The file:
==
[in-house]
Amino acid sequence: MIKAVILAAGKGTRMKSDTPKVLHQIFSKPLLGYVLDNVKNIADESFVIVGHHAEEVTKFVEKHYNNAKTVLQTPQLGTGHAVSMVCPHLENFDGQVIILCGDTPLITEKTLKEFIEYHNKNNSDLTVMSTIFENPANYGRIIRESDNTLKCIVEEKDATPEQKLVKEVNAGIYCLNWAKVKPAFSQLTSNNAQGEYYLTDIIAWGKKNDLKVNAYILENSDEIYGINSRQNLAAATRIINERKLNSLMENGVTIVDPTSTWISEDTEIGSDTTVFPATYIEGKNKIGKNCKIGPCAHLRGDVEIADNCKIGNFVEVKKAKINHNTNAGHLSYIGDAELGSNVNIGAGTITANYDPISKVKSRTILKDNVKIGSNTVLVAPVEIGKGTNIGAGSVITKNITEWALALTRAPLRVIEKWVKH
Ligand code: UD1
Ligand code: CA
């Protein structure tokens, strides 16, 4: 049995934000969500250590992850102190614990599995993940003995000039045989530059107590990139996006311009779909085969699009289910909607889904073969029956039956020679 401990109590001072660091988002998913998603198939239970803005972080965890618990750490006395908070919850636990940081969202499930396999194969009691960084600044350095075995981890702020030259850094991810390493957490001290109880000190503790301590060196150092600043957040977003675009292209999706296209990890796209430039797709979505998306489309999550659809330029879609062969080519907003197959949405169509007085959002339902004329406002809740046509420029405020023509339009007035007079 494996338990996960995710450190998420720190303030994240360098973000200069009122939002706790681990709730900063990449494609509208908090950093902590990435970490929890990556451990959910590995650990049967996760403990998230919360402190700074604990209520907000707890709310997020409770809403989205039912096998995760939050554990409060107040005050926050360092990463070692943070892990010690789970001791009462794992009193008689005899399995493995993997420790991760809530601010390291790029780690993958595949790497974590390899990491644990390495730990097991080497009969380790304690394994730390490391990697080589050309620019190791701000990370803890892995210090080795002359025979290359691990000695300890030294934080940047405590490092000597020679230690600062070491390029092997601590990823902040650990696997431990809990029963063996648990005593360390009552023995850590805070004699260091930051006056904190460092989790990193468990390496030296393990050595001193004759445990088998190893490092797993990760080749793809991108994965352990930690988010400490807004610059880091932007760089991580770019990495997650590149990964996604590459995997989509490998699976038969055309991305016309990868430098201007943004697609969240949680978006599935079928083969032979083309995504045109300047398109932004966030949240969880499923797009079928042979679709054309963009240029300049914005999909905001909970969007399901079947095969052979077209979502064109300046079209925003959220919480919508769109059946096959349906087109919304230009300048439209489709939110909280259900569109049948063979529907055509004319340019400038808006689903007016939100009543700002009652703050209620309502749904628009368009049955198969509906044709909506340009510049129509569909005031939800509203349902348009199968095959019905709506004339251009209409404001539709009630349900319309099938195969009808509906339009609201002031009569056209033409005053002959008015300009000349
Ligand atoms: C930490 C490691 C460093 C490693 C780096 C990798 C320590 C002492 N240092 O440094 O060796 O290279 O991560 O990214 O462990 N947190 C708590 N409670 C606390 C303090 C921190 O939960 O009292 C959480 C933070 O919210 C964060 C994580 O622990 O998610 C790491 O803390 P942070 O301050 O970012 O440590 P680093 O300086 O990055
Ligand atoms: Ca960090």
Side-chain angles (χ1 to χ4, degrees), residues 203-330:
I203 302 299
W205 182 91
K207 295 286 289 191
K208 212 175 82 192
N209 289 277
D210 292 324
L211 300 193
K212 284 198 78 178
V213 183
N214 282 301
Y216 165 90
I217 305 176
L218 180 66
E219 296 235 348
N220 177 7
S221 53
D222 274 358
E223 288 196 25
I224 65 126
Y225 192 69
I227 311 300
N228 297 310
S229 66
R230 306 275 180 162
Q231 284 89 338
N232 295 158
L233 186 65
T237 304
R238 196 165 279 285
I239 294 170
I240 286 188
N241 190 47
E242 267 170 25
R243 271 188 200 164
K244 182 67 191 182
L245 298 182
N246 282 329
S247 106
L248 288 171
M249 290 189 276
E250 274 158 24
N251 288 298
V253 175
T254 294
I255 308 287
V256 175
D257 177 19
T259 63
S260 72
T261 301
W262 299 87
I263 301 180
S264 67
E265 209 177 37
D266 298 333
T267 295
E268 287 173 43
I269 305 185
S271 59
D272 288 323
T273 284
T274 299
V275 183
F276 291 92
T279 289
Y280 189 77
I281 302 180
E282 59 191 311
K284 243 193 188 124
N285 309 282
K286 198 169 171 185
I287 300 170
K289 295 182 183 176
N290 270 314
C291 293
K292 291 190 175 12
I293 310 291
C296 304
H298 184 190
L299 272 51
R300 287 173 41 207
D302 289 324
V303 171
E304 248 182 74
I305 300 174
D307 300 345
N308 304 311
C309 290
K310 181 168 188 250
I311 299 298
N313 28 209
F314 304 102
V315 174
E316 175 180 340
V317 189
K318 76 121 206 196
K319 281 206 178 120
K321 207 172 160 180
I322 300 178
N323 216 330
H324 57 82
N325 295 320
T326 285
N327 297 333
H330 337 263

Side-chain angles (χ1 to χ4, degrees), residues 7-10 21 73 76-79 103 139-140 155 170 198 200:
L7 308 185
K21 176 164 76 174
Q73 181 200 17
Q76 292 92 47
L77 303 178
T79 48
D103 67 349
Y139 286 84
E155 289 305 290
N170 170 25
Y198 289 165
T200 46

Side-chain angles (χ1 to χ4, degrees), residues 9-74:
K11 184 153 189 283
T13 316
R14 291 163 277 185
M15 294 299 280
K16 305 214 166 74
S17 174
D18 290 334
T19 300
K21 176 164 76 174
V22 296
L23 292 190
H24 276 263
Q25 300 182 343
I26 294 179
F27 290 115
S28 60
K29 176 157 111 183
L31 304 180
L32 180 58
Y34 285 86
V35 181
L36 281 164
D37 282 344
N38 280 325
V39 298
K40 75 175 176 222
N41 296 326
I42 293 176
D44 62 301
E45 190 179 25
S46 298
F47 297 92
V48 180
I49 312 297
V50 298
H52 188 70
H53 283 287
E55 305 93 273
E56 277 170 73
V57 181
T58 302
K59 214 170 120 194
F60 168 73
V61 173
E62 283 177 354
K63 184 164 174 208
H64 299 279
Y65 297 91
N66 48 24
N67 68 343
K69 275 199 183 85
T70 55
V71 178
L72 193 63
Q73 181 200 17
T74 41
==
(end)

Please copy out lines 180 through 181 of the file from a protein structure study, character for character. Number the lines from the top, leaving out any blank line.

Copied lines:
V71 178
L72 193 63